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The Tayvon Martin Investigation: protesters want “Ready, Fire, Aim” approach

Posted by Robert E. Heyman | Mar 28, 2012 | 0 Comments

One cannot open the newspaper or turn on the television without hearing of the latest nationwide protests concerning the status of the investigation involving the shooting death of Tayvon Martin in Sanford, Florida. Most media commentators and every community activist, including both Jesse Jackson and Al Sharpton have widely criticized the local authorities for not having immediately arrested the shooter, George Zimmerman, after the incident occurred. Some pundits have even gone so far as to advocate an arrest merely to quell the rising demonstrations and prevent further violence.

Beautiful. So much for constitutional protections, due process and the presumption of innocence. Funny thing about the facts. They tend to come to light sooner or later and many times reveal that the individuals who initially protest the loudest, have done so not from an abiding desire to seek justice, but rather to garner a platform from which they can further an underlying agenda.

Since the initial outcry, both a special State prosecutor and the US. Attorney's office have become involved in the investigation. While the incident was first described as one where an out- of- control, racist vigilante brutally gunned down an innocent black youth guilty of merely wearing a “hoodie” in a gated community, we now know that Mr. Zimmerman told the police that while he had initially pursued Tayvon Martin because of his “suspicious” actions in the neighborhood, he broke off any further contact with him and was thereafter attacked by Martin as he tried to enter his vehicle. This version of the events is bolstered by Zimmerman's broken nose, scratches and bruising on the back of his head, and blood and grass stains on his shirt. This evidence alone was sufficient to create serious questions as to whether probable cause existed to arrest Zimmerman for any crime, especially in light of Florida's “Stand Your Ground” Law which has been in effect since 2005.

While Tayvon Martin has been portrayed as an angelic  6'3″ young man known to his friends as “Slimm”, we now know that he was spending the week at his father's girlfriend's home while under suspension from school for placing obscene graffitti upon school property. At that time he was also found in possession of numerous pieces of jewelry, including wedding bands, women's diamond earrings and watches. He apparently could not explain how he had obtained those items, nor why he also possessed a screwdriver. These facts do not directly affect the circumstances of the shooting, however do speak volumes concerning how the media and others have “sanitized” young Mr. Martin to bolster his perceived victimization.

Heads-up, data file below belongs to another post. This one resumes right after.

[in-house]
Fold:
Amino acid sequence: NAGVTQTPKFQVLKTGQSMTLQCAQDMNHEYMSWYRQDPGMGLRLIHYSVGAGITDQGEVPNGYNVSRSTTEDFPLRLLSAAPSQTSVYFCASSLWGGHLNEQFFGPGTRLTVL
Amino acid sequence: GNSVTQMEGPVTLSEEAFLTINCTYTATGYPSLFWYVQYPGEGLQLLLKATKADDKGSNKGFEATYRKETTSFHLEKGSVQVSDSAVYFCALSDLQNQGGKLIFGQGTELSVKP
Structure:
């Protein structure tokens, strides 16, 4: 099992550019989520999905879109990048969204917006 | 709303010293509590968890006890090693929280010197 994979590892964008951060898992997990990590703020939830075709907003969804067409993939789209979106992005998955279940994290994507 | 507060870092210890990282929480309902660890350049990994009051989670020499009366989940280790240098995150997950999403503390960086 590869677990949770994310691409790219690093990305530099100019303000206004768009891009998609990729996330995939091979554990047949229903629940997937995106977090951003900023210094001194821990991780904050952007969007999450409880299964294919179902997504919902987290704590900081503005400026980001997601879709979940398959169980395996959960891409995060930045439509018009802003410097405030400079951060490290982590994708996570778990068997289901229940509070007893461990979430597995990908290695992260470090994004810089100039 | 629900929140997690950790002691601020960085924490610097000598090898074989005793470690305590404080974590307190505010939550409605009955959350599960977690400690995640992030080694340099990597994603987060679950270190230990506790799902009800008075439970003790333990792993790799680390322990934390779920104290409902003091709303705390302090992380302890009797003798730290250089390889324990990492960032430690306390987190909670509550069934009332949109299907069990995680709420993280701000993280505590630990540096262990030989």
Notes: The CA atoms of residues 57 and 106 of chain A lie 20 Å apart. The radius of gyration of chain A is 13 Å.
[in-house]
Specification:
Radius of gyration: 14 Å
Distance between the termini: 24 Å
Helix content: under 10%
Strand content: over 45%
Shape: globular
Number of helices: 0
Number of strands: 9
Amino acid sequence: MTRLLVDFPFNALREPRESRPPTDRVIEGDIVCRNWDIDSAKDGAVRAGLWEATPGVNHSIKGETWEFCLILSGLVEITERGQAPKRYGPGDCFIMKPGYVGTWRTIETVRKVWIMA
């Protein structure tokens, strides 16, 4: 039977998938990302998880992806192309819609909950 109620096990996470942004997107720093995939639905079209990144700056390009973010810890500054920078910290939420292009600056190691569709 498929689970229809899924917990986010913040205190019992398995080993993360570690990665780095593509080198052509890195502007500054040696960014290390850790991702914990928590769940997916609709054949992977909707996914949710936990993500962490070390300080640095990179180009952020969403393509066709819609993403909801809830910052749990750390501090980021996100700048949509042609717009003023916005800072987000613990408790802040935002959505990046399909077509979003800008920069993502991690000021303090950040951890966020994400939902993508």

This case has also once again brought Florida's “Stand Your Ground” law into question. Calls for its repeal have already been made by Democrats in the Florida Legislature. Prior to 2005, Florida followed the generally accepted common law principle that, unless an individual was located in their own home, they had a duty to retreat from the threat of an imminent attack, unless by retreating the danger would be increased. In 2005, the Florida Legislature enacted Section 776.012 which removed the requirement to retreat in any circumstances where a person reasonably believes force is necessary to prevent imminent death or great bodily harm to themselves or to another person. As with any statutory interpretation, however, “the devil is in the details”. What constitutes a “reasonable” belief of death or great bodily harm will always be a question of fact for  police investigators, and if necessary, the jury. In the Martin / Zimmerman investigation, given the evidence known to the police on the date of the incident, can there be any question that serious factual issues were presented which still remain unclear whether an arrest was made or not?

Listen, the loss of any human life by violent means is tragic, especially if that life is a young one just reaching adulthood. But the death of Tayvon Martin alone cannot justify prosecution of the Mr. Zimmerman as the shooter. Rest assured that the overlapping investigations being conducted by both State and Federal agencies will uncover any and all facts surrounding the shooting. If, after such investigation, Mr. Zimmerman is  prosecuted, so be it. In the interim, demonstrators, both sincere or otherwise, and their “activist' leaders should shut down the “Kangaroo Court” in which Mr. Zimmerman has already been convicted.

About the Author

Robert E. Heyman

Bio Robert E. Heyman was born in Providence, RI, and grew up in Barrington, RI. He graduated from Barrington High School in 1974, and earned the rank of Eagle Scout. Following high school graduation, Mr. Heyman attended Northfield-Mt. Hermon Academy in Northfield, MA and thereafter attended co...


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